At the end of his service, he received the Bronze Star, and returned home to New York, rejoining GAC. The company promptly transferred him to its office in Cincinnati.
Shortly after arriving in Cincinnati, Frank met and wooed Willa " Jayne" (Fowler) Hanshaw (1920-1998), the daughter of Arthur L. and Blanche (Ellison) Fowler. They were married on Sept. 28, 1946, in Cincinnati. He was age 31, and she 26, at the time.
They together produced one son, Frank Wayne Hanshaw, III.
In about 1949, Frank left GAC to become personal manager for the Bobby Byrne Orchestra and for Oran "Hot Lips" Page, a great trumpet player with roots in the Count Basie Orchestra. The Byrne Orchestra was a New York City group with a big band sound.
A January 1949 article in The Billboard mentions Frank in a review of the Byrne band's performance at the Avalon Ballroom in New York. The article states that the band was "tailored for the hotel trade and has the ingredients for success via the more intimate presentation media of records and radio. While Byrne can get a big brass sound out of his four-way trombone scorings, the band's distinction lies in its variety of color combinations, tasty effects made possible by the versatility of the reed men ... and Byrne himself, who alternates between trombone and harp."
While the personal management business held a lot of promise, it ultimately was a money-losing proposition. Within a year, Frank returned to his old post as head of GAC's office in Cincinnati.
In a 1953 feature article, written while Frank and Jayne were vacationing in Florida, the St. Petersburg (FL) Times said the "genial" Frank was "responsible for the booking of more than 175 top singers, dancers, bands and specialty acts in night clubs, theatres, shows and extravaganzas of all varieties... Hanshaw works out of GAC's Cincinnati office to service an 11 state area. His Florida territory includes the West coast area, with East Coast bookings coming out of the New York office."
He dealt primarily with big-name stars, and arranged Midwestern and Southern night club and theatre performances for the likes of Perry Como, Johnnie Ray, Eddie Fisher, Patti Page, the Dinning Sisters, Paul Weston, Cab Calloway, Conway Twitty and others. He also "played a role in aiding the early careers of such artists as Nat 'King' Cole, the Four Lads, Stan Kenton, Bobby Darin and many others," said the Atlanta Journal Constitution.
He later transferred to GAC's Miami Beach office, where "it always operated in the black," said the Miami Daily News, "booking Miami Beach nightclubs and spots in South Carolina, Alabama, Georgia, Puerto Rico and until Fidel Castro came into power, Cuba." In January 1960 Frank was named vice president of General Artists Bureau, a subsidiary of GAC. The news was covered in Variety (Jan. 20, 1960). GAC closed its Miami Beach office, and transferred Frank to New York City, where he was to take charge of the music department. Said the Miami Daily News at the time, "Television and the music fields are taking on more importance and GAC will devote more attention to them. Hanshaw will handle concert artists, bands and the recording end of the agency."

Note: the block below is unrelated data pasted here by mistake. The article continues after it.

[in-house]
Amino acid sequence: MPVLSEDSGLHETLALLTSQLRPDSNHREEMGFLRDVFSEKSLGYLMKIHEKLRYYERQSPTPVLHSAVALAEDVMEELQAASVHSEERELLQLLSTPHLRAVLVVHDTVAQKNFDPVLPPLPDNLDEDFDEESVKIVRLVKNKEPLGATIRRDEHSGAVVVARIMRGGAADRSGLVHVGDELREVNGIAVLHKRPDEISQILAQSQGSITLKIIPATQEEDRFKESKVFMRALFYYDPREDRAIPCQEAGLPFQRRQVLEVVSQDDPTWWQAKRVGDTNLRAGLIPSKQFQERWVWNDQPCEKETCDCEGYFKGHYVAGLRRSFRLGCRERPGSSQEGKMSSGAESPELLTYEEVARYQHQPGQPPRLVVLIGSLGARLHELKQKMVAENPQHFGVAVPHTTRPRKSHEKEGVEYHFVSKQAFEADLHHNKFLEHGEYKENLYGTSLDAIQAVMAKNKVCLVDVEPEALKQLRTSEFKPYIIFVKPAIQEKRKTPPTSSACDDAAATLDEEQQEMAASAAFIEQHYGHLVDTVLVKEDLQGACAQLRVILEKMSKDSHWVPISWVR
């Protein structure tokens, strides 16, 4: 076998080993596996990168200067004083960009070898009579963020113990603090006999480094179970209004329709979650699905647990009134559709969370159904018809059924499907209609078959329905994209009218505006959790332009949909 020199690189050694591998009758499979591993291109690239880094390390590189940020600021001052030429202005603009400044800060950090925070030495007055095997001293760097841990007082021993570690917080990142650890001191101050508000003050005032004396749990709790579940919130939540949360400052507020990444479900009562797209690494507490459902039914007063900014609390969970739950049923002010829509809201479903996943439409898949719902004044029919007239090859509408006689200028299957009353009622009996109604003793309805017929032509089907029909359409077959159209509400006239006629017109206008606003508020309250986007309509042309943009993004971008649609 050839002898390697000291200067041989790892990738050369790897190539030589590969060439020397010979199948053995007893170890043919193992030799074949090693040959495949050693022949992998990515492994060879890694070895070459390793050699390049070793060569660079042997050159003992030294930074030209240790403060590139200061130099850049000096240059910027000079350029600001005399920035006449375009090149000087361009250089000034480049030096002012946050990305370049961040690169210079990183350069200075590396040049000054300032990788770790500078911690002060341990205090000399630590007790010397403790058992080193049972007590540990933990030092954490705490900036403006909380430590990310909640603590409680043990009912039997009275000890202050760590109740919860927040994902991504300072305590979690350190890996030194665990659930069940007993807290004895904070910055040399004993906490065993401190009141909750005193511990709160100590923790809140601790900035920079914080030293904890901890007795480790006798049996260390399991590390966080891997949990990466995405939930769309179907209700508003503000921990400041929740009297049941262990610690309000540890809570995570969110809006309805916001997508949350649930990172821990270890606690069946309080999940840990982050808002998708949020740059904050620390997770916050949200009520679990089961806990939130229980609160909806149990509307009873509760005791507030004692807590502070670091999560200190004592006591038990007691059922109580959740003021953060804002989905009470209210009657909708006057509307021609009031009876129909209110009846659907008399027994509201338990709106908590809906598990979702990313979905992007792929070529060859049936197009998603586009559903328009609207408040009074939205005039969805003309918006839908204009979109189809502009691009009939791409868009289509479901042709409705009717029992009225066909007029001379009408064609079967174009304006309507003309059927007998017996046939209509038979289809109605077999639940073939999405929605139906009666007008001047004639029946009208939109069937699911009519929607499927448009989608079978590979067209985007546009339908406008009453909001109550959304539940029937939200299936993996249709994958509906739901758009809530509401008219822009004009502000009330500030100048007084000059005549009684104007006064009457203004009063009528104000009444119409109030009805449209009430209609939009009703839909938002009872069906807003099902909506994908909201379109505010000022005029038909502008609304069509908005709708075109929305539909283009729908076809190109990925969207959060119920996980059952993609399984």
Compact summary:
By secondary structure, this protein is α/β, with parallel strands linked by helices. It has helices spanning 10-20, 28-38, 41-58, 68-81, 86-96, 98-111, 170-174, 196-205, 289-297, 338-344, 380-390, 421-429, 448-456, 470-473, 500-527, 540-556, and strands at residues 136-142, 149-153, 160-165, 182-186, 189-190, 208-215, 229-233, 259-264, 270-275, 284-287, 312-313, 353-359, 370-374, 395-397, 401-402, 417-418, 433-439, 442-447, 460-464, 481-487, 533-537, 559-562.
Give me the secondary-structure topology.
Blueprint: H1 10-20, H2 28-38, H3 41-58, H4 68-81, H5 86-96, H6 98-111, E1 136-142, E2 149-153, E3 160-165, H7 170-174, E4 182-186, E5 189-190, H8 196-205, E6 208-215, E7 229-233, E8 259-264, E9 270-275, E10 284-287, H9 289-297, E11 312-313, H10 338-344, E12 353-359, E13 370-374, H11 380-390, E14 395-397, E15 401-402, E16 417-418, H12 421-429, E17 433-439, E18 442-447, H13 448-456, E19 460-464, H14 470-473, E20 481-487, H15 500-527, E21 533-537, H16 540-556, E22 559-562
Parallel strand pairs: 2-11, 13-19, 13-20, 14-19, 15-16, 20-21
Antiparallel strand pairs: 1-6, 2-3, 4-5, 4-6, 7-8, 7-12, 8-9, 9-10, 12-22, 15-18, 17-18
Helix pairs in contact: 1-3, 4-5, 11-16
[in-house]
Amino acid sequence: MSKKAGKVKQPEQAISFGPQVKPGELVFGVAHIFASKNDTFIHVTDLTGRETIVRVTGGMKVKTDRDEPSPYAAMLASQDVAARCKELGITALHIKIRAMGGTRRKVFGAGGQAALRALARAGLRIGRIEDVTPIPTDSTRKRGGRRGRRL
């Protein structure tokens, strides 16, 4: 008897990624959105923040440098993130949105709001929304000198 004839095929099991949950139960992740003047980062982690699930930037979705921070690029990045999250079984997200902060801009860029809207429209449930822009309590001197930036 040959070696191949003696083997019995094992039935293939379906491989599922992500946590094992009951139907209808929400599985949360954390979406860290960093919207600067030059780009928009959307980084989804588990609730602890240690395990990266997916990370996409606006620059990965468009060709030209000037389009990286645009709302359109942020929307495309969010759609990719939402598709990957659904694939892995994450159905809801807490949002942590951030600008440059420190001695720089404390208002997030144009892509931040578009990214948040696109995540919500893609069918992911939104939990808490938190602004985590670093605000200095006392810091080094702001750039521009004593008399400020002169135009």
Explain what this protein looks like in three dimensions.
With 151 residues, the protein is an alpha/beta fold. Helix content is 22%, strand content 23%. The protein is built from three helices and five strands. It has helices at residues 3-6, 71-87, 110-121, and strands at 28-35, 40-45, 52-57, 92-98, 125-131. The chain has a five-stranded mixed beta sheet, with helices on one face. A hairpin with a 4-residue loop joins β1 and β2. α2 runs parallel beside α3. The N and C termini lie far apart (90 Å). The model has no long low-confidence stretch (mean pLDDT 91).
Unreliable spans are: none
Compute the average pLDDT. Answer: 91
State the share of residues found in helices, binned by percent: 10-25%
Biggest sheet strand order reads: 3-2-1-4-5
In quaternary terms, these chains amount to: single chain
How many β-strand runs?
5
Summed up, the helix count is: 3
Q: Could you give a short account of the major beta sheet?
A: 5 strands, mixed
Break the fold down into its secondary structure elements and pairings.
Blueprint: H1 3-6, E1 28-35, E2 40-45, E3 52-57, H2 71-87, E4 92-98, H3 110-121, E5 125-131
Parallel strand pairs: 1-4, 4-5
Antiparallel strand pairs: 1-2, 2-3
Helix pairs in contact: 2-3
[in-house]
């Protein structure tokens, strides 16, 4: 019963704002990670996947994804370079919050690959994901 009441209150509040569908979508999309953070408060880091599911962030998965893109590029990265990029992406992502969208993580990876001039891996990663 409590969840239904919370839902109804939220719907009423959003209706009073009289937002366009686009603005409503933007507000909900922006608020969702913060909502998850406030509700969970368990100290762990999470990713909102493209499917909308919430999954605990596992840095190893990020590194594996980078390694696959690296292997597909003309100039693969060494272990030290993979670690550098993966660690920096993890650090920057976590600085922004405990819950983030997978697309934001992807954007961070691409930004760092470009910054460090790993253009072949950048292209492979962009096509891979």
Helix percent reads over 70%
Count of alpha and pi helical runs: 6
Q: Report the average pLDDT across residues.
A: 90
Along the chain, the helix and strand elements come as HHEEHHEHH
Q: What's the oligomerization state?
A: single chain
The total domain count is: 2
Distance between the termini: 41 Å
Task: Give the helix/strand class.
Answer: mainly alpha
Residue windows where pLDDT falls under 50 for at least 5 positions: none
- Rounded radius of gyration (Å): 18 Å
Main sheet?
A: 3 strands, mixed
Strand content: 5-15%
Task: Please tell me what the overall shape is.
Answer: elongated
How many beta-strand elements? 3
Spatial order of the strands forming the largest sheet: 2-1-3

During their years in Miami, Frank and GAC represented superstar Jackie Gleason. They got to know Gleason's executive producer Jack Philbin quite well, and Philbin asked Jayne to be an assistant producer for the show. Later, she became an assistant producer for the Miss Universe Pageant in Miami.
Among Frank's acquaintances was future CNN superstar Larry King, who in the late 1950s was a radio commentator interviewing patrons of Pumpernick's Restaurant in North Miami. He also was close friends with Harry Mufson, owner of the Eden Roc Hotel and Ben Novack of The Fountainbleu, along hotel row on Miami Beach and all well known social spots in their heyday. The Old Forge Restaurant, near Frank's office on Arthur Godfrey Road, was an unofficial gathering place for virtually all of the entertainment and media movers and shakers of the time.
Frank eventually left GAC and became president of the Arnold Agency, Inc., "one of the South's oldest entertainment agencies," said the Atlanta Journal-Constitution. Relocating to Atlanta, they changed their business strategy, away from grooming individual stars, and focusing more on corporate entertainment, trade associations and conventions, catering to large hotel chains such as Hyatt, Marriott and Westin, which were much more lucrative. The Hanshaws shed the titles of "booking agents" to the more sophisticated-sounding "entertainment producers."
Frank suffered a heart attack and prostate cancer and was bedridden during his later years. He passed away in Atlanta at the Veterans Affairs Medical Center on Oct. 21, 1995, at the age of 80. He was laid to rest in the National Veterans Cemetery in Marietta, GA. Among other places, his obituary appeared in Billboard and in the Atlanta Journal Constitution.
During Frank's illness, Jayne also served as president of the Arnold Agency, and was one of the first women franchisees in Georgia for the American Federation of Television and Recording Artists (AFTRA) and Screen Actors Guild (SAG).
She passed away on May 13, 1998, and rests for eternity at Greenwood Cemetery in Hamilton, OH.